“That’s the curse, isn’t it? When you’re not good at what you love, and good at something you hate.”
Harry nodded. “That’s the curse. We do jobs where we can be useful.”
“And the lie is that there’s a reward for someone who follows a calling.”
“Perhaps sometimes the work in itself is reward enough.”
“Only for the concert pianist who loves music, or the executioner who loves blood.”
“Maybe he didn’t hate it as much as he claimed.”
“How do you mean?”
Harry shrugged. “An alcoholic hates and curses drink because it ruins his life. But at the same time it is his life.”
“There are various answers to that,” Steffens said. “And one that’s true.”
“And that is?”
“That we don’t know.”
“Like you don’t know what’s wrong with her.”
“Hm. What do you know, really?”
“If you’re asking in general terms, we know quite a lot. But if people knew how much we don’t know, they’d be scared, Harry. Needlessly scared. So we try to keep quiet about that.”
“We say we’re in the repair business, but we’re actually in the consolation business.”
“So why are you telling me this, Steffens? Why aren’t you consoling me?”
“Because I’m pretty sure you know that consolation is an illusion."
"... detective you’re also selling something more than you say you are. You give people a feeling of comforting justice, of order and security. But there’s no perfect, objective truth, and no true justice."
“Do you know what made crime rates go down in the U.S.A. in the nineties?
Because crime rates didn’t just fall in New York, but right across the U.S.A. The answer is actually the more liberal abortion laws that were introduced in the 1970s.” Steffens leaned back in his chair and paused, as if to let Harry think it through for himself. “Single, dissolute women having sex with men who vanish the next morning, or at least as soon as they realise she’s pregnant. Pregnancies like that have been a conveyor belt producing criminal offspring for centuries. Children without fathers, without boundaries, without a mother with the money to give them an education or moral backbone or to teach them the ways of the Lord. These women would happily have taken their embryonic children’s lives if they hadn’t risked being punished for it. And then, in the 1970s, they got what they wanted. The U.S.A. harvested the fruits of the holocaust that was the result of liberal abortion laws fifteen, twenty years later.”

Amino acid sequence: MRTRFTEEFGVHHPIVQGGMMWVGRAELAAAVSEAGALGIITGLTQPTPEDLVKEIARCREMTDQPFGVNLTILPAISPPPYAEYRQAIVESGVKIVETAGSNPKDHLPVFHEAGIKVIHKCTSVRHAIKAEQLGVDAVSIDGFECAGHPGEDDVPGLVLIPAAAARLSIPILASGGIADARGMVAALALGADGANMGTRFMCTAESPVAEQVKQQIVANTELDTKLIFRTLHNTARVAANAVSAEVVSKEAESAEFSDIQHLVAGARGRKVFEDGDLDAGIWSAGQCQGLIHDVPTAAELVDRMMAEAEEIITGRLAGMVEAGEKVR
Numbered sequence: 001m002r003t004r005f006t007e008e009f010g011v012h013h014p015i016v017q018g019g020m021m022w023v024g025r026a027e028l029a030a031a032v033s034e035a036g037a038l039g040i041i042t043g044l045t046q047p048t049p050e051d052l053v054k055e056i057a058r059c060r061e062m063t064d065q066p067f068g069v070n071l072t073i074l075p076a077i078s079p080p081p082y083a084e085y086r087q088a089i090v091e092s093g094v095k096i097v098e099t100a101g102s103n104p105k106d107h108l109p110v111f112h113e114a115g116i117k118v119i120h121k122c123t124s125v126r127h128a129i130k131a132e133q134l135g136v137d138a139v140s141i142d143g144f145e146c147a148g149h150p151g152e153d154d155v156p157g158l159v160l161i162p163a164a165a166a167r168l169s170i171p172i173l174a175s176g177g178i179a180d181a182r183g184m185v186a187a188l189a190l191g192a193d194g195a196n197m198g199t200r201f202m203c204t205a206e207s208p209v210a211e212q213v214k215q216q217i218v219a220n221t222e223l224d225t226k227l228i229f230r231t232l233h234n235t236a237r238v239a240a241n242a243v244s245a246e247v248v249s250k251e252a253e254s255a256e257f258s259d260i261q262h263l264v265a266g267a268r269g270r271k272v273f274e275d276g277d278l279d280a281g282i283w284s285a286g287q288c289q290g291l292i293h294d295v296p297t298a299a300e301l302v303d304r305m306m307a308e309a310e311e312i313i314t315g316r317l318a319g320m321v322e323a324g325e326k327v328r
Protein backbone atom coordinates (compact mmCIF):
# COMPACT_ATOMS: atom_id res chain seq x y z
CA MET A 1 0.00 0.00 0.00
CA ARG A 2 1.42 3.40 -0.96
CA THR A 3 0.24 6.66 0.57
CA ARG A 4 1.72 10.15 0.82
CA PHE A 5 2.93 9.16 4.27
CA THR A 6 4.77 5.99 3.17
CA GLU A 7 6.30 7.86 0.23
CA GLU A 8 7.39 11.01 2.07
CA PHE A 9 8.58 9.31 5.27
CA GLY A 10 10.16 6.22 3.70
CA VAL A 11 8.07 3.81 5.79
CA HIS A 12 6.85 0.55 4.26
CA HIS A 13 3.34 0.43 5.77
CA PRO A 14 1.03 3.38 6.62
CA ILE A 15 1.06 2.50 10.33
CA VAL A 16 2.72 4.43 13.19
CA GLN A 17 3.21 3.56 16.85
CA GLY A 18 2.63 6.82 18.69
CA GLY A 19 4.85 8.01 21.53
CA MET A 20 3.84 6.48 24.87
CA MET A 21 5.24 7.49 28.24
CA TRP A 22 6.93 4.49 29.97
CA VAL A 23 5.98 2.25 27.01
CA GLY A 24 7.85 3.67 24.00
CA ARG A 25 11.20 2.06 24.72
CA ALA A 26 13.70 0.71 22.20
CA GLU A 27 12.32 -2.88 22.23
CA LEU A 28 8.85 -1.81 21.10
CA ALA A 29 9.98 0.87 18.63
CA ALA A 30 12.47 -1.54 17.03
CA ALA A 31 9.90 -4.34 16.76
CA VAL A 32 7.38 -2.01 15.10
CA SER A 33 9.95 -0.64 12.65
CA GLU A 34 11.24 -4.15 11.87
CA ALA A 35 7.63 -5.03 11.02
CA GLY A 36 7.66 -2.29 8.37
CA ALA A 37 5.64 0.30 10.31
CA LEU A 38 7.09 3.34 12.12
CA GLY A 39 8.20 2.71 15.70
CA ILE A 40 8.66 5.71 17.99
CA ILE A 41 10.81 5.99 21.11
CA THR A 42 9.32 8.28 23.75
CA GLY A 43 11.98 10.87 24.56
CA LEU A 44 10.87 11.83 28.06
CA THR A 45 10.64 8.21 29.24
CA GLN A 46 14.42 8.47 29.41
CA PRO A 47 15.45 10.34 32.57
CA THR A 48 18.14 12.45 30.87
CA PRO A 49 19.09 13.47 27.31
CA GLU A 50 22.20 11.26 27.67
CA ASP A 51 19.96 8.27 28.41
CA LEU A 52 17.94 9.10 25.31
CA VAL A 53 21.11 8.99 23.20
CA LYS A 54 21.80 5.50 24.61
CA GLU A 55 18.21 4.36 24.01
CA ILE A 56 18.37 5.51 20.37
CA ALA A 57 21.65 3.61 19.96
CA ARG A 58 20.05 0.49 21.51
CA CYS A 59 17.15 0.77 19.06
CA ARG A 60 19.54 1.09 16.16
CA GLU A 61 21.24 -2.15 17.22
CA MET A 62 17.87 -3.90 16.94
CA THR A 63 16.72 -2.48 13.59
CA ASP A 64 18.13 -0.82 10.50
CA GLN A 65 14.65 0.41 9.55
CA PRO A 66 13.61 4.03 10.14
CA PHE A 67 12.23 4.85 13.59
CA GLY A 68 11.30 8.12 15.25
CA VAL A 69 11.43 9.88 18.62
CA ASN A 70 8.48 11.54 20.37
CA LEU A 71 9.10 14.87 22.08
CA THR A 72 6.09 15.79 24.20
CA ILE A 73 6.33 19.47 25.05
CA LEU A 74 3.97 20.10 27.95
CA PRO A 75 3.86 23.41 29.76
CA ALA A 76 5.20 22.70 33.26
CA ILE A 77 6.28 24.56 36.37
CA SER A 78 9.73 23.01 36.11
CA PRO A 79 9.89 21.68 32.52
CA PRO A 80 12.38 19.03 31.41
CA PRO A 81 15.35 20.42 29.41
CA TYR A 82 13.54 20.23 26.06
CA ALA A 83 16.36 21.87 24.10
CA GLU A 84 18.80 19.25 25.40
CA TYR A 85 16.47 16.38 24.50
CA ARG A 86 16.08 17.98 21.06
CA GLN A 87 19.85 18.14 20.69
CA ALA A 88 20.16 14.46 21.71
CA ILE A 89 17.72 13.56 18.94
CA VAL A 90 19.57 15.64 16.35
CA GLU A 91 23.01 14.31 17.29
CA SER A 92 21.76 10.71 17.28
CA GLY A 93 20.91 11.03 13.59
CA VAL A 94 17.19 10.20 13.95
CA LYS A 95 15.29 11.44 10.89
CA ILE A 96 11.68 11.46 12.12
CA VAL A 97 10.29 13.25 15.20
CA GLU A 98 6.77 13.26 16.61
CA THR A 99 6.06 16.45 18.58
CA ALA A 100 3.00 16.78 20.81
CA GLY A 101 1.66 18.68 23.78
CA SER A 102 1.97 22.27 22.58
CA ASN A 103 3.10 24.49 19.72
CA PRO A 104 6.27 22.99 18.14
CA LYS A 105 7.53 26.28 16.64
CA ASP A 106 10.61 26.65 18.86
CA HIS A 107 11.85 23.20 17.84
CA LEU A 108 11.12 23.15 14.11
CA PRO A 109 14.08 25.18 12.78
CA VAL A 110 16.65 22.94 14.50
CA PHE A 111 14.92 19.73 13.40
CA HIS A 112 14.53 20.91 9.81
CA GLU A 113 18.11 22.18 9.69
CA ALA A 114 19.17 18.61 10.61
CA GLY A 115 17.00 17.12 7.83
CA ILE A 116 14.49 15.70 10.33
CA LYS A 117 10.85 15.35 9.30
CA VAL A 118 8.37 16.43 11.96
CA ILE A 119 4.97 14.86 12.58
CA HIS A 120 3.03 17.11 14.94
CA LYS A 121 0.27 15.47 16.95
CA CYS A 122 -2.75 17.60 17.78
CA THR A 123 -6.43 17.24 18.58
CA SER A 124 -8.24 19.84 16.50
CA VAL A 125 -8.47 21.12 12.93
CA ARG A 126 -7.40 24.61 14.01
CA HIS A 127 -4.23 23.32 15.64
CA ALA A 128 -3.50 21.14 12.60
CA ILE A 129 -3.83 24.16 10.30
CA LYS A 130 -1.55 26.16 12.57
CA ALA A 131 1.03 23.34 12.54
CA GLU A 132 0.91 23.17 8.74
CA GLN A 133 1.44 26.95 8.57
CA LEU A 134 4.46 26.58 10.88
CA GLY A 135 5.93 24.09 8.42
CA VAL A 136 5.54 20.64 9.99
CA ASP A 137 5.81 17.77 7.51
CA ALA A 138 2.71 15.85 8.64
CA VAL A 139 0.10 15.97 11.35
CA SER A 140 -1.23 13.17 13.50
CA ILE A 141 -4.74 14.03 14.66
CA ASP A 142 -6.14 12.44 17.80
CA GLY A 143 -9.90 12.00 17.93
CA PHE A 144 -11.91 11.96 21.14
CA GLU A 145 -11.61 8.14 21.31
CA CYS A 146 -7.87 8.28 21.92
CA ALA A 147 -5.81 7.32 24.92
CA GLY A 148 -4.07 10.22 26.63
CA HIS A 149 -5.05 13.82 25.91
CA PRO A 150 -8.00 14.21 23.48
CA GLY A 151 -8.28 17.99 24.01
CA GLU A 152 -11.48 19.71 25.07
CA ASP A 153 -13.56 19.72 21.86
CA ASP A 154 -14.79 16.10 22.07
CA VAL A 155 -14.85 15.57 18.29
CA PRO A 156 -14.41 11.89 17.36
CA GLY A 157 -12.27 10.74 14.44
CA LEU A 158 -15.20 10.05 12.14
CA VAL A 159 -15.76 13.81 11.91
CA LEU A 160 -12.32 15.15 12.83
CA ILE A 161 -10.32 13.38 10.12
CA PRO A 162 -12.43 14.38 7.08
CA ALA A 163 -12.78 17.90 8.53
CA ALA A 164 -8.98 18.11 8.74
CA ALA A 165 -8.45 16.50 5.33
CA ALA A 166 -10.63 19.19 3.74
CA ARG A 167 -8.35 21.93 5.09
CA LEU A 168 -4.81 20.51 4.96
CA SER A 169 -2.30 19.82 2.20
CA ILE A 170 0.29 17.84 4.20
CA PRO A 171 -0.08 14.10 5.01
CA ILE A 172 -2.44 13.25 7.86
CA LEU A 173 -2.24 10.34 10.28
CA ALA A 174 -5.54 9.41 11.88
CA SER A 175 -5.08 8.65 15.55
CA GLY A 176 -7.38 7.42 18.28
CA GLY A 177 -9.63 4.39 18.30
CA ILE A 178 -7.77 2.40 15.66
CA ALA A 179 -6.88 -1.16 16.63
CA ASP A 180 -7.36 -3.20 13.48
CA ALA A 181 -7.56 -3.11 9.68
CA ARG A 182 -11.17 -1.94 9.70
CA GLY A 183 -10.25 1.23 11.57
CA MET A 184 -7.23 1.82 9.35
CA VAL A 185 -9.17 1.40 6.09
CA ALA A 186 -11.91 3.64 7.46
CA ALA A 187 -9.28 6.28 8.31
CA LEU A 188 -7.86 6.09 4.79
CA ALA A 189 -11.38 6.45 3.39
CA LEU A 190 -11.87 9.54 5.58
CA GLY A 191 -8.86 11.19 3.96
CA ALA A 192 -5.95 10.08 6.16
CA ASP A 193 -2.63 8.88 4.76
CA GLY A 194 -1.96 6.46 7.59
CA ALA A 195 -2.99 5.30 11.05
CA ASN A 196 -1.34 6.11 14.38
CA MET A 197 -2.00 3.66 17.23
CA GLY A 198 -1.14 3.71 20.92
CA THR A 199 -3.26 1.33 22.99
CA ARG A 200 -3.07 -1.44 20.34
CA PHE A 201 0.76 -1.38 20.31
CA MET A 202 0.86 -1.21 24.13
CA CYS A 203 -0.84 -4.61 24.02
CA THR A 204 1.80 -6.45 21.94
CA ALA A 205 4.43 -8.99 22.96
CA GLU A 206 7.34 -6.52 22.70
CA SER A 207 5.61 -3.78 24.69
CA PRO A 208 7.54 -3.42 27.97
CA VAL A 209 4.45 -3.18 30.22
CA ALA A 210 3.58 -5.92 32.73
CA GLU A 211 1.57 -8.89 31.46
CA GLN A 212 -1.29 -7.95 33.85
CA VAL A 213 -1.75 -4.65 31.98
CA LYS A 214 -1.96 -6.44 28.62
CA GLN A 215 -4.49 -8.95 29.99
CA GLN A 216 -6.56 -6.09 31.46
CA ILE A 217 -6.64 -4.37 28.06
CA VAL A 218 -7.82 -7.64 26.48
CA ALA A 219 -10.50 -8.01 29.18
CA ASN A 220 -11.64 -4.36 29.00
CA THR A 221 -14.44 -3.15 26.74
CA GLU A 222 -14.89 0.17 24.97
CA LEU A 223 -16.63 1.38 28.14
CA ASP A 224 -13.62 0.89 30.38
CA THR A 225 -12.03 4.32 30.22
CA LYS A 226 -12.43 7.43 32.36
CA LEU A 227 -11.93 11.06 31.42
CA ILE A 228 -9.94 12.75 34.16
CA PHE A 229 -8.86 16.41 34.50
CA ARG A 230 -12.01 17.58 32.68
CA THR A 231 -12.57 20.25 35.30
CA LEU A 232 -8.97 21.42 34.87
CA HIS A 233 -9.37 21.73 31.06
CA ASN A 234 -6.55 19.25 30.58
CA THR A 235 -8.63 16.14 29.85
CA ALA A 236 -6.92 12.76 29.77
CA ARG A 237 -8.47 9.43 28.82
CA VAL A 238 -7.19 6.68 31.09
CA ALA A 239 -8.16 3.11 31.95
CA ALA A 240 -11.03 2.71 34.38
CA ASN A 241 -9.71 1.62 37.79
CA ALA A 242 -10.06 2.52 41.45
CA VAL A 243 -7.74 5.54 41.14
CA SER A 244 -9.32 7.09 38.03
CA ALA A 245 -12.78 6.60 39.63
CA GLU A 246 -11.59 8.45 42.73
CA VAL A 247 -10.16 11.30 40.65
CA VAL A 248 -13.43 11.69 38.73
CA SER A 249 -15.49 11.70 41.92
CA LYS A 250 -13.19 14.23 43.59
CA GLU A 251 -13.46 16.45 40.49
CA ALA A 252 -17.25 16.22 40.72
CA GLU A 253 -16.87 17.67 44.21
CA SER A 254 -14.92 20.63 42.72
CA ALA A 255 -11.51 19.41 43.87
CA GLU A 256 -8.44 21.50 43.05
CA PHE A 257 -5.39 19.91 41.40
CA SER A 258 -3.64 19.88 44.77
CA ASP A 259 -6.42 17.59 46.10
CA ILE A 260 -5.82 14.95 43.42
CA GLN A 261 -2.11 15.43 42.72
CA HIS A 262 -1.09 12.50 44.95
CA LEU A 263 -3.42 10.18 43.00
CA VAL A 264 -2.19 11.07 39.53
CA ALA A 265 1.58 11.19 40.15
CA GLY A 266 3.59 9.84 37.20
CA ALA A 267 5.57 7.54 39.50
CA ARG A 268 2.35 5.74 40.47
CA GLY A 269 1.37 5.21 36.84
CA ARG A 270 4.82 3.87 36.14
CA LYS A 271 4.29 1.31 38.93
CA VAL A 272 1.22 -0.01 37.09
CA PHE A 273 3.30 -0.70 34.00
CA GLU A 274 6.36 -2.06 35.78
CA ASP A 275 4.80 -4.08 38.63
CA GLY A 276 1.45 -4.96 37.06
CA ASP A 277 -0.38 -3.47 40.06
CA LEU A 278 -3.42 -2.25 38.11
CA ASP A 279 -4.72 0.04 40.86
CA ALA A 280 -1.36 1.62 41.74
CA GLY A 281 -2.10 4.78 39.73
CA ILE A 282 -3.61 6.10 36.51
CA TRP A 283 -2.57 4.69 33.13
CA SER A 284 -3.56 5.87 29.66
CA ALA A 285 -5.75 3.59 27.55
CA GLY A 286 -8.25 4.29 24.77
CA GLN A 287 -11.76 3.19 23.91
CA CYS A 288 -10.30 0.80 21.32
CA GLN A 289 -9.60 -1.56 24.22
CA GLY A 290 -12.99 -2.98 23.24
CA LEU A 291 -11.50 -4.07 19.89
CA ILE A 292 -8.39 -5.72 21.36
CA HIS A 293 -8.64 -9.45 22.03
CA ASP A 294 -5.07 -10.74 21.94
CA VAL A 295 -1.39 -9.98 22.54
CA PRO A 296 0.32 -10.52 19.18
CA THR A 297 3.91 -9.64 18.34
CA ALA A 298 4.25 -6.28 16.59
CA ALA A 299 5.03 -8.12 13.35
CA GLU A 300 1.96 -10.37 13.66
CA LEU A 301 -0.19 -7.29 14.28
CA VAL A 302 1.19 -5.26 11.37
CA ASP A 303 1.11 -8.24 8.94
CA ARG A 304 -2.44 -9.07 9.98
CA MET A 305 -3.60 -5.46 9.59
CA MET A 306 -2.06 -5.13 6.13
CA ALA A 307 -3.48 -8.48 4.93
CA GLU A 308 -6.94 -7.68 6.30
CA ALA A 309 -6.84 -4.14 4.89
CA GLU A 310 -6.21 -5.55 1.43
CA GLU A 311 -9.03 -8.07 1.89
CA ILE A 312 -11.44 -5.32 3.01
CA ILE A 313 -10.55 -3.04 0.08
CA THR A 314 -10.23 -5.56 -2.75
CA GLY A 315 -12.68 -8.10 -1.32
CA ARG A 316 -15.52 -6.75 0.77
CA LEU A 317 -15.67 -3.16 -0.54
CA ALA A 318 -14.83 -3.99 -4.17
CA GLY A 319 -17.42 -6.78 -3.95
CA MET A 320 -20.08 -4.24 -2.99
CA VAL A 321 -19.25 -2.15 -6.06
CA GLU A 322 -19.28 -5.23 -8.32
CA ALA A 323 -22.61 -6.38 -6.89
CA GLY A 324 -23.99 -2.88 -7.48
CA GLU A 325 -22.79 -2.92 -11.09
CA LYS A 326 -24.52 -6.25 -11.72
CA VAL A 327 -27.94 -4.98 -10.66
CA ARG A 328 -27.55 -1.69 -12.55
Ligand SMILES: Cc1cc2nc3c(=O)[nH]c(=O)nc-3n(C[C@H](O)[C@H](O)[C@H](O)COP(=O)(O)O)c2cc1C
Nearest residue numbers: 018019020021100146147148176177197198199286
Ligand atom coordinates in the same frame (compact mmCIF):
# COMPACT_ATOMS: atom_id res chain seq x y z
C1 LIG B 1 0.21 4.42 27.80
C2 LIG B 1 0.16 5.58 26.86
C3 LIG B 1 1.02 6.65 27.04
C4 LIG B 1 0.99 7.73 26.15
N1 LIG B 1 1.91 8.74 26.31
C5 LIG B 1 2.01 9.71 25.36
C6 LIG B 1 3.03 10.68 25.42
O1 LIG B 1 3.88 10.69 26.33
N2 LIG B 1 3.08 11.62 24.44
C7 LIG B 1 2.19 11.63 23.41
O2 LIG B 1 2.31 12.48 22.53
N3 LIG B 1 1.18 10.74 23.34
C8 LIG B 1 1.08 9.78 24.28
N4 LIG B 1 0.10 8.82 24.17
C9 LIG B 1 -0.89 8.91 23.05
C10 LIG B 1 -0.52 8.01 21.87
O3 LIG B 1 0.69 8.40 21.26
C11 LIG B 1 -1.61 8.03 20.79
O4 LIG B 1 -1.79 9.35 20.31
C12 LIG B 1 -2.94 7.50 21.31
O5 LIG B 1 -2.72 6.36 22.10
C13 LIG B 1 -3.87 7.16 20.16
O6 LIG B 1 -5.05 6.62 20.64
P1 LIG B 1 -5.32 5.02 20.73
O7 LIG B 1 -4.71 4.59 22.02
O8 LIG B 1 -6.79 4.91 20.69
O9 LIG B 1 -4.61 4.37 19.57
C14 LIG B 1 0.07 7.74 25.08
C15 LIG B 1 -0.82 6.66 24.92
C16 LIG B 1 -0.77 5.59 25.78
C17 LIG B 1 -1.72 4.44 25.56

“I suppose that’s just the way it is,” Katrine said. “We start off having everything, and then lose it, piece by piece. Strength. Youth. Future. People we like…”
And just as he felt tears welling up, they were suppressed by rage. Of course we lose them, everyone we try to hold on to, the fates disdain us, make us small, pathetic. When we cry for people we’ve lost, it’s not out of sympathy, because of course we know that they’re free from pain at last. But still we cry. We cry because we’re alone again. We cry out of self-pity.
“And then it comes back. Doesn’t it?” She laughed again. “Nothing’s forever, life is by definition temporary and always changing. It’s horrible, but that’s also what makes it bearable.”
“This too shall pass.”
“Let’s hope so."
“I don’t know. I just know that when I’m walking on the wafer-thin ice of happiness, I’m terrified, so terrified that I wish it was over, that I was already in the water.”
"Admitting that we have doubts is taken as an admission of our own inadequacy, not an indication of the complexity of the mystery or the limitations of our profession."
“I remember some advice I was given when I first started working on cases, Harry. That if you want to survive, you have to learn when to let go.”
“I’m sure that’s good advice,” Harry said, lifting his coffee cup to his lips and looking up at Hagen. “If you think survival’s so bloody important.”
“You should never underestimate the first thing you think,” Harry said. “That’s usually based on more information than you’re actually aware of. And the simplest solution is often the right one.”
“Harry doesn’t like people, you see.”
“I do like people,” Harry said. “I just don’t like being with them. Particularly not when there’s a lot of them at the same time.”
It no longer irritated Steffens that people thought that cold was a thing, and didn’t understand that it was merely the absence of heat. Cold was the natural, dominant state. Heat the exception. The way murder and cruelty were natural, logical, and mercy an anomaly, a result of the human herd’s intricate way of promoting the survival of the species.
We feel first and reason afterwards. We see a man who doesn’t intervene to rescue his wife, and we feel contempt. Then along comes what we think is cold, objective reflection, but is actually us trying to find new information to justify what we felt initially.
He had let go so many times before. Had given in to pain, fear, a death wish. But he had also given in to a primitive, egocentric survival instinct that had shouted down any longing for a painless nothingness, sleep, darkness. And that was why he was here. Still here. And this time he wasn’t letting go.